Trucking is a big commitment. I am thinking you may not be able to make that commitment at this point in your life. There is nothing wrong with that. I didn't make that commitment until my children were grown. Have you considered another career? There's no shame in walking away from something that isn't working for you. If your family is your priority right now, then make the decision to focus on that. Find yourself a career that allows you be the kind of Dad and husband you want to be. I'm not sure trucking is going to do that for you.

OTR:

Over The Road

OTR driving normally means you'll be hauling freight to various customers throughout your company's hauling region. It often entails being gone from home for two to three weeks at a time.

Donnie V.'s Comment
member avatar

Hey Scott,

Does CFI hire drivers right out of school, and if so do you know if they have a list of approved schools they hire from?

I stay out about 6 weeks then go home for about 6 days, more if needed. I am the sole bread winner in my house.

I split my hometime between 2 weeks to maximize pay. For example get home on a Thursday and go back out the following Tuesday or Wednesday. The first day home I relax and sleep. After that it depends. I'll be home June 23rd and have a bunch of work to do on our car.

I can do this because CFI gets me home when I want or need, never late. Also, CFI's hometime policy.

Hope this helps.

OWI:

Operating While Intoxicated

MrZ's Comment
member avatar

Hey Scott,

Does CFI hire drivers right out of school, and if so do you know if they have a list of approved schools they hire from?

Call CFI and speak with a recruiter, they will be very happy to help you. I obtained my CDL in 2018, however, due to unforeseen family events I was not able to drive, and I had to put my career (dreams) of being a professional driver on hold. Fast forward to 2021, and I’ve decided that this is the perfect time to go back and chase that dream. I reached out to CFI and the recruiter was straight forward with me and said I needed a refresher course, which I agreed to as well. CFI sent me to Ohio for a 16 day refresher course at Trainco, and will be heading out to Joplin June 6th. So, yes they do hire newbies. Again, reach out to CFI and speak with a recruiter and see what happens. I wish you much luck and success.

CDL:

Commercial Driver's License (CDL)

A CDL is required to drive any of the following vehicles:

  • Any combination of vehicles with a gross combined weight rating (GCWR) of 26,001 or more pounds, providing the gross vehicle weight rating (GVWR) of the vehicle being towed is in excess of 10,000 pounds.
  • Any single vehicle with a GVWR of 26,001 or more pounds, or any such vehicle towing another not in excess of 10,000 pounds.
  • Any vehicle, regardless of size, designed to transport 16 or more persons, including the driver.
  • Any vehicle required by federal regulations to be placarded while transporting hazardous materials.
RealDiehl's Comment
member avatar

Roehl is known for their 7 on 7 off schedule, could look there too, OP.

This is from Roehl's website. I actually spoke with a recruiter from Roehl recently. He said that for the national fleet (they usually don't go west of I-35) you can earn 7 days home by staying out for 36 days. His name is Joe (715-591-7201). Give him a call if you want more info.

0296538001622384646.jpg

Leo S.'s Comment
member avatar

Thank you guys, it seems like Roehl offers EXACTLY what I want in the future (7/7, 14/7), I will give them a call once I have 6 months of experience, and if that's not enough, will stay with my company for 6 months more and then try again.

Old School, I knew this guy before (my boss, I mean), and he knew that I'm a good driver, non-drinker, not drug, casino or anything else addicted so he asked me if I want to jump into one of his semi trucks, I was in a financial struggle because of COVID, so I said yes. He gave me a book and asked me to prepare for a written test, which I passed and then he sent me to a private driving school in Springfield. This is how I obtained my license. As I said, I was experiencing severe financial issues, so I couldn't accept what bigger companies like Swift, Prime etc offered - my CDL cost me around $1500 after all - compare it to $6000 in companies like mentioned above plus here I have no 1 year contract plus the start pay was much bigger.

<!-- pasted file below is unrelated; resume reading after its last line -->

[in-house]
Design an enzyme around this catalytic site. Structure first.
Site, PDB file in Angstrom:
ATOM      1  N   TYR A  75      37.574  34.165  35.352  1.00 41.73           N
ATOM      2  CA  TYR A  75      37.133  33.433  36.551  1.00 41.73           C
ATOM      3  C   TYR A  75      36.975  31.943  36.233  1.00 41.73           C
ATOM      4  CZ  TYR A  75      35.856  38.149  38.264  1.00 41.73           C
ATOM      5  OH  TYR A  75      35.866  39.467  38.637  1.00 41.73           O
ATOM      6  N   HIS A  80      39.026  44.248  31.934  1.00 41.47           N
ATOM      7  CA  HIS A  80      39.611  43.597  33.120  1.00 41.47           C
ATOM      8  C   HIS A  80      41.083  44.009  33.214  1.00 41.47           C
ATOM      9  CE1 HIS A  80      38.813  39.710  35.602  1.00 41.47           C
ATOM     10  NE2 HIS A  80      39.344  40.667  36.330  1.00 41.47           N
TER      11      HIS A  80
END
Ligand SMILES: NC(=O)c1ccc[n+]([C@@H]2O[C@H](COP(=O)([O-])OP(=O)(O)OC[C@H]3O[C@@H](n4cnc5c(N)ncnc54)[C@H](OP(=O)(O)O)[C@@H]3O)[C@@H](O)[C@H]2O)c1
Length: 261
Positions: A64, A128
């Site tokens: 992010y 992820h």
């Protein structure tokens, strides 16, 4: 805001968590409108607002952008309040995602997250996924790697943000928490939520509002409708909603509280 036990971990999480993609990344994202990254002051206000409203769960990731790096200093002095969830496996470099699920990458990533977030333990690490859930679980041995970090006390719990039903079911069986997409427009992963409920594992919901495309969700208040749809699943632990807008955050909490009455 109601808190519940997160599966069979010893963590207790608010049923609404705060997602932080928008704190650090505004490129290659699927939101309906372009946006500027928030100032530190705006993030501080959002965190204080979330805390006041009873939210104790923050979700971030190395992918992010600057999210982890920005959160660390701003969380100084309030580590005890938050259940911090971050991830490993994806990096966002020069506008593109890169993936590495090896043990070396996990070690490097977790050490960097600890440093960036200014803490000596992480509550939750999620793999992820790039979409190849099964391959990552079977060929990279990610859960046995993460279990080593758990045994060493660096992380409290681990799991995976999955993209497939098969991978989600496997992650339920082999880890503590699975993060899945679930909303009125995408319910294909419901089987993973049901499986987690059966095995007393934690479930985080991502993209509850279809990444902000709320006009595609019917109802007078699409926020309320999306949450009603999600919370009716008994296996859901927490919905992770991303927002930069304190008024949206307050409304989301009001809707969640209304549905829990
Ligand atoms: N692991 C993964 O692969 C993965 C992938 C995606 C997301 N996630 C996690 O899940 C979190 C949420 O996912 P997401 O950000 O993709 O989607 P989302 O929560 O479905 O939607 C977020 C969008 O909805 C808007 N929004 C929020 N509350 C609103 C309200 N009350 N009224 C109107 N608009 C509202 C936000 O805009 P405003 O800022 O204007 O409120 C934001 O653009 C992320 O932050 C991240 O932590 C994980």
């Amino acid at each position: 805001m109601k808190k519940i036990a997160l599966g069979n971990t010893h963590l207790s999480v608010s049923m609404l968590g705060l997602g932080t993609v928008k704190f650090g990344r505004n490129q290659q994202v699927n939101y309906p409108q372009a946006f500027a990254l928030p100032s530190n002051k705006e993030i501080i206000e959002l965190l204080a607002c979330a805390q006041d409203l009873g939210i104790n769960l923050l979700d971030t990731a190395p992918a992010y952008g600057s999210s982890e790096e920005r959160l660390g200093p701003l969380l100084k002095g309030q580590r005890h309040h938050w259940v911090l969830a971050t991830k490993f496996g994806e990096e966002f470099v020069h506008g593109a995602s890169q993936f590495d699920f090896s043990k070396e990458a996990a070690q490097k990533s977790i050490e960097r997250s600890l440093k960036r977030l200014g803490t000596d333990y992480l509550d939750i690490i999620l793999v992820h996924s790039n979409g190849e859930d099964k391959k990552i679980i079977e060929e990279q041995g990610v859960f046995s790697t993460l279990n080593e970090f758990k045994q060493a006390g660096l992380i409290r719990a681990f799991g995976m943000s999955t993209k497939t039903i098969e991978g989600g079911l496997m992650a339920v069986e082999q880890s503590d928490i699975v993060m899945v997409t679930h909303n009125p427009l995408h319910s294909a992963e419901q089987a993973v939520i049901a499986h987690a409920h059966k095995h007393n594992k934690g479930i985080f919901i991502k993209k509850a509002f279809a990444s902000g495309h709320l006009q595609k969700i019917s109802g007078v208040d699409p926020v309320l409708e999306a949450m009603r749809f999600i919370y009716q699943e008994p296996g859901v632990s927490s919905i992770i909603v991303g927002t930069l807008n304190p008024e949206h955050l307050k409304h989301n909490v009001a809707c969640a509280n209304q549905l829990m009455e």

CDL:

Commercial Driver's License (CDL)

A CDL is required to drive any of the following vehicles:

  • Any combination of vehicles with a gross combined weight rating (GCWR) of 26,001 or more pounds, providing the gross vehicle weight rating (GVWR) of the vehicle being towed is in excess of 10,000 pounds.
  • Any single vehicle with a GVWR of 26,001 or more pounds, or any such vehicle towing another not in excess of 10,000 pounds.
  • Any vehicle, regardless of size, designed to transport 16 or more persons, including the driver.
  • Any vehicle required by federal regulations to be placarded while transporting hazardous materials.
Old School's Comment
member avatar
the start pay was much bigger.

Leo, you continue to keep me confused. One minute you act like you are needing to be making a lot of money, and then you say you want to work at Roehl because you could work 7 days and then take 7 days off. That is going to amount to a part time job!

You will be sharing a truck with another driver who will drive the truck for the 7 days you are at home. If a new driver makes $50,000 for the year, that means you will work half the time and maybe make $25,000 or maybe a little more. Is that going to be enough money for your family?

Those are unique jobs and are only available in certain areas. Are you willing to relocate?

I hate my boss, he's very rude and aggressive.
I knew this guy before (my boss, I mean)

I think you've made some bad choices. Fortunately, nothing really bad has resulted other than you seem unhappy with your boss and the lack of time at home. Hopefully that is as far as it will go. Please, do your best to stick it out and get your one year of experience established. That is going to mean a lot for your future. If you have an accident with this guy, your trucking career may be over. Please be extra cautious and safe. I wish you the best out here.

Small trucking companies like the one you are working for are generally strapped for cash. Your boss is probably pushing you extra hard because he needs the cash flow. When you start feeling pressured to do things illegally, you need to be prepared for what you are going to do.

HOS:

Hours Of Service

HOS refers to the logbook hours of service regulations.